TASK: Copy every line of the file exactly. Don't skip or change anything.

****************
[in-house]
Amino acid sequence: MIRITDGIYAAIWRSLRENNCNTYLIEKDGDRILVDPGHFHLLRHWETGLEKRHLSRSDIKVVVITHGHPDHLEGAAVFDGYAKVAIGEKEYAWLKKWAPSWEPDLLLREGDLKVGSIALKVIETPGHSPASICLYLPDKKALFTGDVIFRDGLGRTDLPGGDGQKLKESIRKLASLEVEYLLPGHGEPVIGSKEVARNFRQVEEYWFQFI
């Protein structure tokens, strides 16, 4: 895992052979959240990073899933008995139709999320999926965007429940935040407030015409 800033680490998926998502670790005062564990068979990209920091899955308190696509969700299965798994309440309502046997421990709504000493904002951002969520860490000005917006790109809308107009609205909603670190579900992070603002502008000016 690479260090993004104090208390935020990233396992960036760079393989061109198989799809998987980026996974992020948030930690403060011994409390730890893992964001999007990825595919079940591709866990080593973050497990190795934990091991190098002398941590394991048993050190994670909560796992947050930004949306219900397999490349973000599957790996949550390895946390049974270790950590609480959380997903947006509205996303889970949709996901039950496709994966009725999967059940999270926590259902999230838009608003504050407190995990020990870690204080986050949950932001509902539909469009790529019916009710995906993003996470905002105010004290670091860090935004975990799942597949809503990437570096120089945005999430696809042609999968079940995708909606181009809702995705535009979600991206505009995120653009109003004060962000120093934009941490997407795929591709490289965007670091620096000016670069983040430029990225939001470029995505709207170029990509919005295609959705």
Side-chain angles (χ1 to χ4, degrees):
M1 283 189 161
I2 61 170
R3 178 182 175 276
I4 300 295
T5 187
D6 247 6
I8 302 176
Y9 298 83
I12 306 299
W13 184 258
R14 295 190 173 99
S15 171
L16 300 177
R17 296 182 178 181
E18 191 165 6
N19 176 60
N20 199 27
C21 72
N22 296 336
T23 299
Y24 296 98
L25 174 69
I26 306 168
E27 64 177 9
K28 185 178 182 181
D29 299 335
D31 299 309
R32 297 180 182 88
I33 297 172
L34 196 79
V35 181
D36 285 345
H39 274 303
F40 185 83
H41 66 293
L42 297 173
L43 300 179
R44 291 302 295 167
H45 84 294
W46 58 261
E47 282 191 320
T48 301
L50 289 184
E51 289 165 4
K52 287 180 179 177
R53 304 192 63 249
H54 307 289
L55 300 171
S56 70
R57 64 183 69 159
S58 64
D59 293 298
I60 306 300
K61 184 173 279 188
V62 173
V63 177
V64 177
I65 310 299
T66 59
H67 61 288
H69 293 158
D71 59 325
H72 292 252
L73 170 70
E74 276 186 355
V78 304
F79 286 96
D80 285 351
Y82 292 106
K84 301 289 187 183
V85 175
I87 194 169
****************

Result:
[in-house]
Amino acid sequence: MIRITDGIYAAIWRSLRENNCNTYLIEKDGDRILVDPGHFHLLRHWETGLEKRHLSRSDIKVVVITHGHPDHLEGAAVFDGYAKVAIGEKEYAWLKKWAPSWEPDLLLREGDLKVGSIALKVIETPGHSPASICLYLPDKKALFTGDVIFRDGLGRTDLPGGDGQKLKESIRKLASLEVEYLLPGHGEPVIGSKEVARNFRQVEEYWFQFI
């Protein structure tokens, strides 16, 4: 895992052979959240990073899933008995139709999320999926965007429940935040407030015409 800033680490998926998502670790005062564990068979990209920091899955308190696509969700299965798994309440309502046997421990709504000493904002951002969520860490000005917006790109809308107009609205909603670190579900992070603002502008000016 690479260090993004104090208390935020990233396992960036760079393989061109198989799809998987980026996974992020948030930690403060011994409390730890893992964001999007990825595919079940591709866990080593973050497990190795934990091991190098002398941590394991048993050190994670909560796992947050930004949306219900397999490349973000599957790996949550390895946390049974270790950590609480959380997903947006509205996303889970949709996901039950496709994966009725999967059940999270926590259902999230838009608003504050407190995990020990870690204080986050949950932001509902539909469009790529019916009710995906993003996470905002105010004290670091860090935004975990799942597949809503990437570096120089945005999430696809042609999968079940995708909606181009809702995705535009979600991206505009995120653009109003004060962000120093934009941490997407795929591709490289965007670091620096000016670069983040430029990225939001470029995505709207170029990509919005295609959705």
Side-chain angles (χ1 to χ4, degrees):
M1 283 189 161
I2 61 170
R3 178 182 175 276
I4 300 295
T5 187
D6 247 6
I8 302 176
Y9 298 83
I12 306 299
W13 184 258
R14 295 190 173 99
S15 171
L16 300 177
R17 296 182 178 181
E18 191 165 6
N19 176 60
N20 199 27
C21 72
N22 296 336
T23 299
Y24 296 98
L25 174 69
I26 306 168
E27 64 177 9
K28 185 178 182 181
D29 299 335
D31 299 309
R32 297 180 182 88
I33 297 172
L34 196 79
V35 181
D36 285 345
H39 274 303
F40 185 83
H41 66 293
L42 297 173
L43 300 179
R44 291 302 295 167
H45 84 294
W46 58 261
E47 282 191 320
T48 301
L50 289 184
E51 289 165 4
K52 287 180 179 177
R53 304 192 63 249
H54 307 289
L55 300 171
S56 70
R57 64 183 69 159
S58 64
D59 293 298
I60 306 300
K61 184 173 279 188
V62 173
V63 177
V64 177
I65 310 299
T66 59
H67 61 288
H69 293 158
D71 59 325
H72 292 252
L73 170 70
E74 276 186 355
V78 304
F79 286 96
D80 285 351
Y82 292 106
K84 301 289 187 183
V85 175
I87 194 169